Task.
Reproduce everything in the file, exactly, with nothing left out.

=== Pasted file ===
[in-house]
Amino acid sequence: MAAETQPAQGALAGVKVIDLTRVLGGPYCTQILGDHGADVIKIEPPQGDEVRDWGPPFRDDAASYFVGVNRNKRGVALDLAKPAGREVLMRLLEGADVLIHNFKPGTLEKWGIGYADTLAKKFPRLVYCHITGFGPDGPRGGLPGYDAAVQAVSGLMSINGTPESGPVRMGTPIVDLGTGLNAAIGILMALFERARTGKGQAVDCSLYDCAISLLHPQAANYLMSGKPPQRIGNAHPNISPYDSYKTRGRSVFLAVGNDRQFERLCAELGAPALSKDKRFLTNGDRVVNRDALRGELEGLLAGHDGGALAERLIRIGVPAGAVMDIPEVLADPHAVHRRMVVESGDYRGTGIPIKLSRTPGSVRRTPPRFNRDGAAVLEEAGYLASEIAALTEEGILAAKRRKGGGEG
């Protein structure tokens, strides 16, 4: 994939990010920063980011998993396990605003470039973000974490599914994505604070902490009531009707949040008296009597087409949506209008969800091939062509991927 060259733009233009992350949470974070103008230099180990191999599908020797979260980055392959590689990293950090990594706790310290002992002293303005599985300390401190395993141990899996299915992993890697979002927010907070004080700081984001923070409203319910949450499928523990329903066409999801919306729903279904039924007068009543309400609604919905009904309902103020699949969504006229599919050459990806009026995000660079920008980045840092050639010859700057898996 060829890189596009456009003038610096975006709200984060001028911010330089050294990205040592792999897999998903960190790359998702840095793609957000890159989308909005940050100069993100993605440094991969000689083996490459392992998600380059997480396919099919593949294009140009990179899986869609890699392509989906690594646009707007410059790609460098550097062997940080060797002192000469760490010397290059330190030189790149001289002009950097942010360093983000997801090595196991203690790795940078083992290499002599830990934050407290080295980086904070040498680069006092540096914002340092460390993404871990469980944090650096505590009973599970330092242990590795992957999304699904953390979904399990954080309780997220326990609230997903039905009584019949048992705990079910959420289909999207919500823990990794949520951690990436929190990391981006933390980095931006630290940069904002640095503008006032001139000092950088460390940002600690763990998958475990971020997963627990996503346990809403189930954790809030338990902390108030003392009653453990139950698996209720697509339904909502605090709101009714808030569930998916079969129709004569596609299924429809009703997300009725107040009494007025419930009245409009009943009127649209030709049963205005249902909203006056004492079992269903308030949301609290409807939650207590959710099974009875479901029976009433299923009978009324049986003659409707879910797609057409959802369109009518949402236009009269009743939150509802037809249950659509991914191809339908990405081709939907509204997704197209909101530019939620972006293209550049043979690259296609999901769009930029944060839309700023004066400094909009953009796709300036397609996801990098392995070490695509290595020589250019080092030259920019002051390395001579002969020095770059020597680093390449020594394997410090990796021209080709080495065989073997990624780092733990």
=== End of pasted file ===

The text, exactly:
[in-house]
Amino acid sequence: MAAETQPAQGALAGVKVIDLTRVLGGPYCTQILGDHGADVIKIEPPQGDEVRDWGPPFRDDAASYFVGVNRNKRGVALDLAKPAGREVLMRLLEGADVLIHNFKPGTLEKWGIGYADTLAKKFPRLVYCHITGFGPDGPRGGLPGYDAAVQAVSGLMSINGTPESGPVRMGTPIVDLGTGLNAAIGILMALFERARTGKGQAVDCSLYDCAISLLHPQAANYLMSGKPPQRIGNAHPNISPYDSYKTRGRSVFLAVGNDRQFERLCAELGAPALSKDKRFLTNGDRVVNRDALRGELEGLLAGHDGGALAERLIRIGVPAGAVMDIPEVLADPHAVHRRMVVESGDYRGTGIPIKLSRTPGSVRRTPPRFNRDGAAVLEEAGYLASEIAALTEEGILAAKRRKGGGEG
């Protein structure tokens, strides 16, 4: 994939990010920063980011998993396990605003470039973000974490599914994505604070902490009531009707949040008296009597087409949506209008969800091939062509991927 060259733009233009992350949470974070103008230099180990191999599908020797979260980055392959590689990293950090990594706790310290002992002293303005599985300390401190395993141990899996299915992993890697979002927010907070004080700081984001923070409203319910949450499928523990329903066409999801919306729903279904039924007068009543309400609604919905009904309902103020699949969504006229599919050459990806009026995000660079920008980045840092050639010859700057898996 060829890189596009456009003038610096975006709200984060001028911010330089050294990205040592792999897999998903960190790359998702840095793609957000890159989308909005940050100069993100993605440094991969000689083996490459392992998600380059997480396919099919593949294009140009990179899986869609890699392509989906690594646009707007410059790609460098550097062997940080060797002192000469760490010397290059330190030189790149001289002009950097942010360093983000997801090595196991203690790795940078083992290499002599830990934050407290080295980086904070040498680069006092540096914002340092460390993404871990469980944090650096505590009973599970330092242990590795992957999304699904953390979904399990954080309780997220326990609230997903039905009584019949048992705990079910959420289909999207919500823990990794949520951690990436929190990391981006933390980095931006630290940069904002640095503008006032001139000092950088460390940002600690763990998958475990971020997963627990996503346990809403189930954790809030338990902390108030003392009653453990139950698996209720697509339904909502605090709101009714808030569930998916079969129709004569596609299924429809009703997300009725107040009494007025419930009245409009009943009127649209030709049963205005249902909203006056004492079992269903308030949301609290409807939650207590959710099974009875479901029976009433299923009978009324049986003659409707879910797609057409959802369109009518949402236009009269009743939150509802037809249950659509991914191809339908990405081709939907509204997704197209909101530019939620972006293209550049043979690259296609999901769009930029944060839309700023004066400094909009953009796709300036397609996801990098392995070490695509290595020589250019080092030259920019002051390395001579002969020095770059020597680093390449020594394997410090990796021209080709080495065989073997990624780092733990």